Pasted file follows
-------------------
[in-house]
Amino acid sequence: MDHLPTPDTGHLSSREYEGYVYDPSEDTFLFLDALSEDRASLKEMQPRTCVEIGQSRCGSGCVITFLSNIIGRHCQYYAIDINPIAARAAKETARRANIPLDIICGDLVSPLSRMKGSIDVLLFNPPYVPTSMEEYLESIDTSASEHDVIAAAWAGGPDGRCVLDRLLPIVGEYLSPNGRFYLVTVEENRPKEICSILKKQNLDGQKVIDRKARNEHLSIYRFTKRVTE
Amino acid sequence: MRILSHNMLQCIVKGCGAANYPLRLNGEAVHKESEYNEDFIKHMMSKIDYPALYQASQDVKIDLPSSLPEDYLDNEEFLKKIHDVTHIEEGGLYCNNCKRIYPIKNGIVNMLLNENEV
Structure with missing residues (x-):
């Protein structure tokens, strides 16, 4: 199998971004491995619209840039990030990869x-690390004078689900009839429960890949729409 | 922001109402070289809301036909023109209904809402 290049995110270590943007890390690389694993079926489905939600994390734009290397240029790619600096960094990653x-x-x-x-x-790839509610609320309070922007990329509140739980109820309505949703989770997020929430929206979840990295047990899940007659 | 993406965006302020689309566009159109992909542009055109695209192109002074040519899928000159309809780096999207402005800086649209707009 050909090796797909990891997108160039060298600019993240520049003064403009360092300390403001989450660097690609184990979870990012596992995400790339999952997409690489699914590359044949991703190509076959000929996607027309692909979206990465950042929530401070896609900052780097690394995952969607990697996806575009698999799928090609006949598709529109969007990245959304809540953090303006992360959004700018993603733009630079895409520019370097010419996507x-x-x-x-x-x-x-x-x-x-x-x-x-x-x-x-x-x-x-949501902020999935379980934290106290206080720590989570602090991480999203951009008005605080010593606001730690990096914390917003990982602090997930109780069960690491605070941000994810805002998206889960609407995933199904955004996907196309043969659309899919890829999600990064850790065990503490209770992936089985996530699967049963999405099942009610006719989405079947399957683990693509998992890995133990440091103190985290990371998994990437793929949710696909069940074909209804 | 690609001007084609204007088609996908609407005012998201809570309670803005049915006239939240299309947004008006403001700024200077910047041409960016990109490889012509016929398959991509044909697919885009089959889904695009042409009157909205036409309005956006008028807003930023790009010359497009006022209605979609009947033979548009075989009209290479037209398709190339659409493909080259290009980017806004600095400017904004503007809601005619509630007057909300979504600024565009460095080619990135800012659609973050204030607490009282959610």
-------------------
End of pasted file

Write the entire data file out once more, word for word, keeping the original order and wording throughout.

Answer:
[in-house]
Amino acid sequence: MDHLPTPDTGHLSSREYEGYVYDPSEDTFLFLDALSEDRASLKEMQPRTCVEIGQSRCGSGCVITFLSNIIGRHCQYYAIDINPIAARAAKETARRANIPLDIICGDLVSPLSRMKGSIDVLLFNPPYVPTSMEEYLESIDTSASEHDVIAAAWAGGPDGRCVLDRLLPIVGEYLSPNGRFYLVTVEENRPKEICSILKKQNLDGQKVIDRKARNEHLSIYRFTKRVTE
Amino acid sequence: MRILSHNMLQCIVKGCGAANYPLRLNGEAVHKESEYNEDFIKHMMSKIDYPALYQASQDVKIDLPSSLPEDYLDNEEFLKKIHDVTHIEEGGLYCNNCKRIYPIKNGIVNMLLNENEV
Structure with missing residues (x-):
């Protein structure tokens, strides 16, 4: 199998971004491995619209840039990030990869x-690390004078689900009839429960890949729409 | 922001109402070289809301036909023109209904809402 290049995110270590943007890390690389694993079926489905939600994390734009290397240029790619600096960094990653x-x-x-x-x-790839509610609320309070922007990329509140739980109820309505949703989770997020929430929206979840990295047990899940007659 | 993406965006302020689309566009159109992909542009055109695209192109002074040519899928000159309809780096999207402005800086649209707009 050909090796797909990891997108160039060298600019993240520049003064403009360092300390403001989450660097690609184990979870990012596992995400790339999952997409690489699914590359044949991703190509076959000929996607027309692909979206990465950042929530401070896609900052780097690394995952969607990697996806575009698999799928090609006949598709529109969007990245959304809540953090303006992360959004700018993603733009630079895409520019370097010419996507x-x-x-x-x-x-x-x-x-x-x-x-x-x-x-x-x-x-x-949501902020999935379980934290106290206080720590989570602090991480999203951009008005605080010593606001730690990096914390917003990982602090997930109780069960690491605070941000994810805002998206889960609407995933199904955004996907196309043969659309899919890829999600990064850790065990503490209770992936089985996530699967049963999405099942009610006719989405079947399957683990693509998992890995133990440091103190985290990371998994990437793929949710696909069940074909209804 | 690609001007084609204007088609996908609407005012998201809570309670803005049915006239939240299309947004008006403001700024200077910047041409960016990109490889012509016929398959991509044909697919885009089959889904695009042409009157909205036409309005956006008028807003930023790009010359497009006022209605979609009947033979548009075989009209290479037209398709190339659409493909080259290009980017806004600095400017904004503007809601005619509630007057909300979504600024565009460095080619990135800012659609973050204030607490009282959610």